San Cayetano de Calabazas
The name Calabazas first appears in a baptismal record of June 2, 1756. It was evidently established as a mission earlier that year when Father Francisco Xavier Pauer relocated at least seventy-eight Pimas to the site from their village of Toacuquita, a Spanish rendition of the Pima words "do'ag cugidaga," meaning "peaked mountain." This village was located closer to the Santa Cruz River. When the mission was moved up away from the river, it was given the name "San Cayetano de Calabazas." Calabazas means "squash" or "gourds" in Spanish -- the name may be a reference to the wild "coyote gourds" that grow in the area, or to the domestic squash cultivated by the O'odham. Records are scanty but it is known that construction of the church was half complete in 1761 and it was functional by 1773.
Father Antonio de los Reyes on 6 July 1772 submitted a report on the condition of the missions in the Upper and Lower Pimeria Alta. This was his report on San Cayetano de Calabazas as translated by Father Kieran McCarty:
In 1775, Father Pedro Font said Mass at Calabazas during the expedition to California led by Juan Bautista de Anza. The church, houses and the granary were set on fire during an Apache attack in 1777. Calabazas was abandoned in 1786 when the last of the O'odham left because of continuing problems with the Apaches.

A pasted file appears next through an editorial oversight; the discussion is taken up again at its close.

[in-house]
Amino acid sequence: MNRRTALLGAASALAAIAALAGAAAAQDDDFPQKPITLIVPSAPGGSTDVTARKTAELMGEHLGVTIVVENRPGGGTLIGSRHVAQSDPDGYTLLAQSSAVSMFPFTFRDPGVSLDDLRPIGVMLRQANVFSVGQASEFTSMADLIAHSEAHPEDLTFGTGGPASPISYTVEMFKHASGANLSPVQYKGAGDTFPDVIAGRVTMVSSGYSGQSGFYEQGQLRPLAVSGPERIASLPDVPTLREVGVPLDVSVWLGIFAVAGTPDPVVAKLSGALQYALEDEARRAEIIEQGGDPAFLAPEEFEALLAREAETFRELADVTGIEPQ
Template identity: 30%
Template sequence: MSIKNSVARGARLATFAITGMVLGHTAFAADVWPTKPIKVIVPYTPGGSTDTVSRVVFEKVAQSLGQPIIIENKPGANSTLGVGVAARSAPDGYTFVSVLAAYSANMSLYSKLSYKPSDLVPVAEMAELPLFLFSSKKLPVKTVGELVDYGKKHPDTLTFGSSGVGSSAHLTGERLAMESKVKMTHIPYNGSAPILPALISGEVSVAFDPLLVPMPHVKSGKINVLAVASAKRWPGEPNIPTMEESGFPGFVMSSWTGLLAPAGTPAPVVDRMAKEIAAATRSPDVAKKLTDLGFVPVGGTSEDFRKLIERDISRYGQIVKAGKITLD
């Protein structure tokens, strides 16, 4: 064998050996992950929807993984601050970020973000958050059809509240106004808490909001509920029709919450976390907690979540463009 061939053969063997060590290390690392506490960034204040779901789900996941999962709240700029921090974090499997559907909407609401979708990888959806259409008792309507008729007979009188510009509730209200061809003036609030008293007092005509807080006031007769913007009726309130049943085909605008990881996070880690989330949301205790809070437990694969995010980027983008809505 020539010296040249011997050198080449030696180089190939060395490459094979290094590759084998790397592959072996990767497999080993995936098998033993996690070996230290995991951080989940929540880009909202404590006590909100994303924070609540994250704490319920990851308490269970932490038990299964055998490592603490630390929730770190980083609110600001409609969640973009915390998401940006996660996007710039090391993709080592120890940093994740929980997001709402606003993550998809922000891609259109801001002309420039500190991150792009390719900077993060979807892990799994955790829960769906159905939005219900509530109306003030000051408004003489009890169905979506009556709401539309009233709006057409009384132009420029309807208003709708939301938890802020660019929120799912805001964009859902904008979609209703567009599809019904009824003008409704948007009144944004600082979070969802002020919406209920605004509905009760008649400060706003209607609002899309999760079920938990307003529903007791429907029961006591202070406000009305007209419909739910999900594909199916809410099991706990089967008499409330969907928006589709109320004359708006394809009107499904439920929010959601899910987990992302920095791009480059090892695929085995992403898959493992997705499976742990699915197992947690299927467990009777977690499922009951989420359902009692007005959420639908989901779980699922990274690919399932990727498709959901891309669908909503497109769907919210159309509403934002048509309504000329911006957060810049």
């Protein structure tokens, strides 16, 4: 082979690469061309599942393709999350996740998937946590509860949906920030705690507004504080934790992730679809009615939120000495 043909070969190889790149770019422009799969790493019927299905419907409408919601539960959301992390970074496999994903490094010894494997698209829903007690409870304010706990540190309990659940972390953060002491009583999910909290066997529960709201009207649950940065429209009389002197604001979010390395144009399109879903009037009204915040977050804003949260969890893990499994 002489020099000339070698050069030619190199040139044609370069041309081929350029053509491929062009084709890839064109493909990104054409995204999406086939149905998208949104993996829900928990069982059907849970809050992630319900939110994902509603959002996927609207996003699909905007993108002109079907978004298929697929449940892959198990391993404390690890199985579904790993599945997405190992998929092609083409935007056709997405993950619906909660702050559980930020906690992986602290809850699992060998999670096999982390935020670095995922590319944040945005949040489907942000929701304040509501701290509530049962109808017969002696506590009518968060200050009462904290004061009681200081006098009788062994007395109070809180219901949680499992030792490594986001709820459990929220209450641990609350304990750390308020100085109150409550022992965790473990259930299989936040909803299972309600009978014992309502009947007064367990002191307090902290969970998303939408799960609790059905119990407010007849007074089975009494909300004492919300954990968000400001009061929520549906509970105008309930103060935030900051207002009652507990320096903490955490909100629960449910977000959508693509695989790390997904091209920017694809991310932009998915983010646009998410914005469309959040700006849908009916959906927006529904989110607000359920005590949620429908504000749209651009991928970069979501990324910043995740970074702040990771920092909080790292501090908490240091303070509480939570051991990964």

From 1807 to 1830 it was used as a farm for the Tumacácori mission. In 1808 several non-Indians moved into Calabazas and restored the chapel. But again, the Apaches attacked, set fire to the buildings and carried off the sacred vessels and vestments. In 1844 Calabazas was sold to Manuel Gándara, governor of Sonora. In 1853 Gandara had 6,000 head of stock and converted the church into a ranch house. After the Gadsden Purchase, the ranch house (the old Jesuit church) served a number of purposes - customs house, post office, and dwelling. Fort Mason was established at Calabazas in 1864 by the California Volunteers. However, 300 of the 400 men got sick with malaria and so the Fort was abandoned. By 1878, Calabazas was totally abandoned with only a roofless shell remaining.
In 1960, Father Norman Whalen from Tombstone, Arizona, recruited preservation volunteers who capped the walls and laid a cement foundation. The Arizona Historical Society took over site management and ownership in October of 1974. Like Guevavi, Calabazas was added to Tumacácori National Historical Park in 1990. Though Padre Kino never set foot there, the spirit of the master promoter of the Pimeria Alta is certainly present.
Did You Know?
Small pox and measles epidemics on numerous occasions killed far more people than all the Apache wars combined.